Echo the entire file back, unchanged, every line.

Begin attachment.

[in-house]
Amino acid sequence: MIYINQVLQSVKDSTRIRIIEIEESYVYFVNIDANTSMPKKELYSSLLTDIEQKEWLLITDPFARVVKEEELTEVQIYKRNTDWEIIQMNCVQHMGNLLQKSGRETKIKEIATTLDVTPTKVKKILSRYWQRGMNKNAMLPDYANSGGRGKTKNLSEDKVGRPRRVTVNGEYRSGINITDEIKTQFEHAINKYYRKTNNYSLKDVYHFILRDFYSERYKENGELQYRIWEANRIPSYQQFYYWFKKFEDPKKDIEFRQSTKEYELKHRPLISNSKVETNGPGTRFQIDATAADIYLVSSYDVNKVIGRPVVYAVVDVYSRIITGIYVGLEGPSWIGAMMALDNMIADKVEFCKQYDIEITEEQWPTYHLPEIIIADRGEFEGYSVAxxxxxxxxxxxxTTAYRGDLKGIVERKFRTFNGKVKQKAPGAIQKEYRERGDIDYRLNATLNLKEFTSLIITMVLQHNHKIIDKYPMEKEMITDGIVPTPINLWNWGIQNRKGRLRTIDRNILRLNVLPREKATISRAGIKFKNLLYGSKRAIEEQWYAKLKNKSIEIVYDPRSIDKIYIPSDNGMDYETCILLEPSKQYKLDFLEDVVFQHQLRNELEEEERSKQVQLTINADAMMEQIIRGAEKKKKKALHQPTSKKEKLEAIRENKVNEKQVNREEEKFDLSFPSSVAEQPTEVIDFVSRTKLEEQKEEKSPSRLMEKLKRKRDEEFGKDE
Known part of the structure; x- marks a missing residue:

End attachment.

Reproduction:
[in-house]
Amino acid sequence: MIYINQVLQSVKDSTRIRIIEIEESYVYFVNIDANTSMPKKELYSSLLTDIEQKEWLLITDPFARVVKEEELTEVQIYKRNTDWEIIQMNCVQHMGNLLQKSGRETKIKEIATTLDVTPTKVKKILSRYWQRGMNKNAMLPDYANSGGRGKTKNLSEDKVGRPRRVTVNGEYRSGINITDEIKTQFEHAINKYYRKTNNYSLKDVYHFILRDFYSERYKENGELQYRIWEANRIPSYQQFYYWFKKFEDPKKDIEFRQSTKEYELKHRPLISNSKVETNGPGTRFQIDATAADIYLVSSYDVNKVIGRPVVYAVVDVYSRIITGIYVGLEGPSWIGAMMALDNMIADKVEFCKQYDIEITEEQWPTYHLPEIIIADRGEFEGYSVAxxxxxxxxxxxxTTAYRGDLKGIVERKFRTFNGKVKQKAPGAIQKEYRERGDIDYRLNATLNLKEFTSLIITMVLQHNHKIIDKYPMEKEMITDGIVPTPINLWNWGIQNRKGRLRTIDRNILRLNVLPREKATISRAGIKFKNLLYGSKRAIEEQWYAKLKNKSIEIVYDPRSIDKIYIPSDNGMDYETCILLEPSKQYKLDFLEDVVFQHQLRNELEEEERSKQVQLTINADAMMEQIIRGAEKKKKKALHQPTSKKEKLEAIRENKVNEKQVNREEEKFDLSFPSSVAEQPTEVIDFVSRTKLEEQKEEKSPSRLMEKLKRKRDEEFGKDE
Known part of the structure; x- marks a missing residue: